The Mysterious Button on Your DSLR Explained

Understanding the Depth of Field Preview Button

Understanding the Depth of Field Preview Button

There’s a big possibility that you’ve seen this button before but you probably have no clue what it is. You’re not alone, though. It’s not without a reason that the button which is explained in this article is simply known as “the mysterious button”.

The actual name of the button is the Depth of Field Preview Button and, as its name suggests, it’s a button related to the Depth of Field. But is it a button that landscape photographers actually use?

While the majority of newer cameras have this button, there are still some models that don’t. The button is located near the lens mount (not to be confused with the button to loosen the lens).

What is Depth of Field Preview Button

Something that many beginning, and experienced, photographers don’t understand is that what you see through the viewfinder isn’t exactly what you’ll get. When you look through the viewfinder, you look through the lens at its widest aperture – regardless of the settings you’ve chosen. This means that if you’re photographing with the Nikon 16-35mm f/4 and using an aperture of f/11, you see the image at f/4 when looking through the viewfinder – as this is the lens’ widest aperture.

By pressing the Depth of Field (DoF) Preview Button, the lens closes down to the aperture which you’ve chosen and it shows you an accurate preview of the Depth of Field. When you press the button, however, less light gets through the lens, resulting in a darker preview of the image when looking through the viewfinder; this is one of the reasons why many disregard this button as it “just makes the preview darker”.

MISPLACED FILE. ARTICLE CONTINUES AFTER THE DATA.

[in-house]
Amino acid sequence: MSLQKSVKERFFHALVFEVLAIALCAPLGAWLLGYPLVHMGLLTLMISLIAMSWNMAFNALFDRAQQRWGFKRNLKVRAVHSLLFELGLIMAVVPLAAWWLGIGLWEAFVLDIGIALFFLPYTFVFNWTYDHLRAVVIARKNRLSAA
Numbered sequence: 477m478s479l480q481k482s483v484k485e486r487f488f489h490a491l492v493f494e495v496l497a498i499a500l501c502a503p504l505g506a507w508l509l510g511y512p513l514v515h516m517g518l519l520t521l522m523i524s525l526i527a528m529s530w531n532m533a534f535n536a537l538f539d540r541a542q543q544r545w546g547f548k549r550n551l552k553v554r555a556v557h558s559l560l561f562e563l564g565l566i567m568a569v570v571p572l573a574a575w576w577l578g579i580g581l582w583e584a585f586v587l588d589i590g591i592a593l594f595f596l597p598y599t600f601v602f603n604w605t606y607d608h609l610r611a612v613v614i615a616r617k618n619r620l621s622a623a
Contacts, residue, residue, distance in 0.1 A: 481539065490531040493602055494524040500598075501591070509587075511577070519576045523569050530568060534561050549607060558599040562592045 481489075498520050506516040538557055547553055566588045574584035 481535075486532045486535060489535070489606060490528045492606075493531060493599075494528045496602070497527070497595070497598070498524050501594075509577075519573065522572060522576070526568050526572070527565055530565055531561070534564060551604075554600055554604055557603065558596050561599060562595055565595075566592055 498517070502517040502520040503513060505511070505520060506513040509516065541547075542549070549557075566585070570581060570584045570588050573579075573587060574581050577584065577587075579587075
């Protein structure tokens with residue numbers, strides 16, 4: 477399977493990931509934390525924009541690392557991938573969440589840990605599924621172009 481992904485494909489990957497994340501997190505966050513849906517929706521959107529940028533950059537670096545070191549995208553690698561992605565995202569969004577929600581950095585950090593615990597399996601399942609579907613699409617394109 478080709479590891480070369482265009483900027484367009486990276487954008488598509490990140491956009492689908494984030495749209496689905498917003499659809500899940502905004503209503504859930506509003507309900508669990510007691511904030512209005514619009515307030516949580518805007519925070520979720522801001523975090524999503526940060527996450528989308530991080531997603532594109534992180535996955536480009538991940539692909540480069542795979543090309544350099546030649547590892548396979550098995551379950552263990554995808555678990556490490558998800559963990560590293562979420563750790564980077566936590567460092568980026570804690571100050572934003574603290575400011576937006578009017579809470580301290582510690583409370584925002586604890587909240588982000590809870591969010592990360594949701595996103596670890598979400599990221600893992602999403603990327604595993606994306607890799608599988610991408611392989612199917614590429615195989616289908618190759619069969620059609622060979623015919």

The DoF button is not ideal when you’re photographing in dim light and the aperture you’ve chosen is narrow. However, if you wish to use this button – the Live View is a better choice than the viewfinder. By using the Live View, you won’t have a problem with the preview becoming darker which makes it easier, and more helpful, to use in dim light.

I recommend looking at this video by ZY Productions for a more hands-on look at exactly how the Depth of Field Preview button works:

Is the DoF Preview Button Useful for Landscape Photography?

The short answer is:  “That completely depends on your preferred workflow.”

Since what you see through the viewfinder when the button isn’t pressed is the lens at its largest possible aperture (i.e. “wide open”), you don’t have any visual guidance regarding how much DoF your image will have. In other words, it’s only after you’ve captured the image that you know the exact DoF.

This button can be very useful when you don’t have the time to review your images on the LCD between each shot or when you’ve only got one chance to capture an image. On the other hand, if you’ve placed the camera on a tripod and will capture several images of the same composition during the next minutes, it’s more likely that you’re going to spend more time reviewing each image meaning that the Depth of Field Preview button won’t be as useful.

While it’s not a button I find extremely useful in my normal workflow, I see its value and I believe it can be helpful in several situations; especially when photographing nature’s smaller scenes.

Do you use the Depth of Field Preview button in your workflow? Let us know in a comment!

Understanding the Depth of Field Preview Button